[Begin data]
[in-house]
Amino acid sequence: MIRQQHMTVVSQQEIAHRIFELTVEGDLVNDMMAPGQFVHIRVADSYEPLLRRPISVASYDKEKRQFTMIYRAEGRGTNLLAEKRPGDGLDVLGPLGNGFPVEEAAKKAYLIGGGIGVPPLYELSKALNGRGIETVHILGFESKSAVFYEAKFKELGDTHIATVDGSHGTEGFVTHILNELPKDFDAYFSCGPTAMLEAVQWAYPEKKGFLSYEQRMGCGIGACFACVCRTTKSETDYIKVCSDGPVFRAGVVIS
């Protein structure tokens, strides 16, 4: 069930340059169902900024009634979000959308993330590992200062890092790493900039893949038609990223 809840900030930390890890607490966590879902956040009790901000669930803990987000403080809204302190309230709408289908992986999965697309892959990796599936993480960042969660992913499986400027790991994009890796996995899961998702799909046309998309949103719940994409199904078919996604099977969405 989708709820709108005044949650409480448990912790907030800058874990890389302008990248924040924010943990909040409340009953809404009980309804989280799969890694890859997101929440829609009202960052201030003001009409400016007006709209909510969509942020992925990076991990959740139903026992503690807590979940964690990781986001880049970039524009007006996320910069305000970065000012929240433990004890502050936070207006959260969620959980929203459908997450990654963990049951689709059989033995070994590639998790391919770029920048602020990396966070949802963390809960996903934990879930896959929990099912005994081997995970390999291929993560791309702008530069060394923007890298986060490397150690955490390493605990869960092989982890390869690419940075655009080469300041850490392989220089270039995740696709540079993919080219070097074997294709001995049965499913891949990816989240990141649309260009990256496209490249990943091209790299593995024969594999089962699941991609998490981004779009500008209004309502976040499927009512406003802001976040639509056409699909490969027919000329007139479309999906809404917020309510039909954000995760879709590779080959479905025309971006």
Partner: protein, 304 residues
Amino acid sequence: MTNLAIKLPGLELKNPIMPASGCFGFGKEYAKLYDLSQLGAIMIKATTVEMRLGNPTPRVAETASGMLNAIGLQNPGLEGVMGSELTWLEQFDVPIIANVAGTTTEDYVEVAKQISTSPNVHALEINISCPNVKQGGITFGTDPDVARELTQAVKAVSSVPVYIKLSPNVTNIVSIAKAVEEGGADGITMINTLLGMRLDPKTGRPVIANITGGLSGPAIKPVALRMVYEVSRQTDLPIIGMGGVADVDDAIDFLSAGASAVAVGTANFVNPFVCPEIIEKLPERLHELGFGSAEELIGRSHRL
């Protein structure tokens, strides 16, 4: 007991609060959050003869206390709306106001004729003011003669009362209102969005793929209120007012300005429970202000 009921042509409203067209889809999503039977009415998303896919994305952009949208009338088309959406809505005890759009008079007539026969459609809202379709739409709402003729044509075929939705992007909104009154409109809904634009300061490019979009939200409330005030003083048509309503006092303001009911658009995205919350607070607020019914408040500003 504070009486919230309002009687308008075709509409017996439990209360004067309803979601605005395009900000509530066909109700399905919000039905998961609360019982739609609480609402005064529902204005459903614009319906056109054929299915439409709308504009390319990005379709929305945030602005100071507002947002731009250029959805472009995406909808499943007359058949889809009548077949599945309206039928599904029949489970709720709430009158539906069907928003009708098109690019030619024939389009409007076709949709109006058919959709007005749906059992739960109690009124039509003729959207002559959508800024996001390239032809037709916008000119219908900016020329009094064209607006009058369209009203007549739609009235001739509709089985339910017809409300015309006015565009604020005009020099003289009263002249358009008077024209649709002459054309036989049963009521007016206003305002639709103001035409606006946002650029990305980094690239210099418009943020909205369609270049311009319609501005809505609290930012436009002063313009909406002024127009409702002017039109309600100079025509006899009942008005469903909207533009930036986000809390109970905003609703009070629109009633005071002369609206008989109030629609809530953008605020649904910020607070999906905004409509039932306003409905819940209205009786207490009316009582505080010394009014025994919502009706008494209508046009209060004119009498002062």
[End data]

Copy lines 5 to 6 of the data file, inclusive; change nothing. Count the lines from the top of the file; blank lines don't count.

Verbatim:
Amino acid sequence: MTNLAIKLPGLELKNPIMPASGCFGFGKEYAKLYDLSQLGAIMIKATTVEMRLGNPTPRVAETASGMLNAIGLQNPGLEGVMGSELTWLEQFDVPIIANVAGTTTEDYVEVAKQISTSPNVHALEINISCPNVKQGGITFGTDPDVARELTQAVKAVSSVPVYIKLSPNVTNIVSIAKAVEEGGADGITMINTLLGMRLDPKTGRPVIANITGGLSGPAIKPVALRMVYEVSRQTDLPIIGMGGVADVDDAIDFLSAGASAVAVGTANFVNPFVCPEIIEKLPERLHELGFGSAEELIGRSHRL
């Protein structure tokens, strides 16, 4: 007991609060959050003869206390709306106001004729003011003669009362209102969005793929209120007012300005429970202000 009921042509409203067209889809999503039977009415998303896919994305952009949208009338088309959406809505005890759009008079007539026969459609809202379709739409709402003729044509075929939705992007909104009154409109809904634009300061490019979009939200409330005030003083048509309503006092303001009911658009995205919350607070607020019914408040500003 504070009486919230309002009687308008075709509409017996439990209360004067309803979601605005395009900000509530066909109700399905919000039905998961609360019982739609609480609402005064529902204005459903614009319906056109054929299915439409709308504009390319990005379709929305945030602005100071507002947002731009250029959805472009995406909808499943007359058949889809009548077949599945309206039928599904029949489970709720709430009158539906069907928003009708098109690019030619024939389009409007076709949709109006058919959709007005749906059992739960109690009124039509003729959207002559959508800024996001390239032809037709916008000119219908900016020329009094064209607006009058369209009203007549739609009235001739509709089985339910017809409300015309006015565009604020005009020099003289009263002249358009008077024209649709002459054309036989049963009521007016206003305002639709103001035409606006946002650029990305980094690239210099418009943020909205369609270049311009319609501005809505609290930012436009002063313009909406002024127009409702002017039109309600100079025509006899009942008005469903909207533009930036986000809390109970905003609703009070629109009633005071002369609206008989109030629609809530953008605020649904910020607070999906905004409509039932306003409905819940209205009786207490009316009582505080010394009014025994919502009706008494209508046009209060004119009498002062």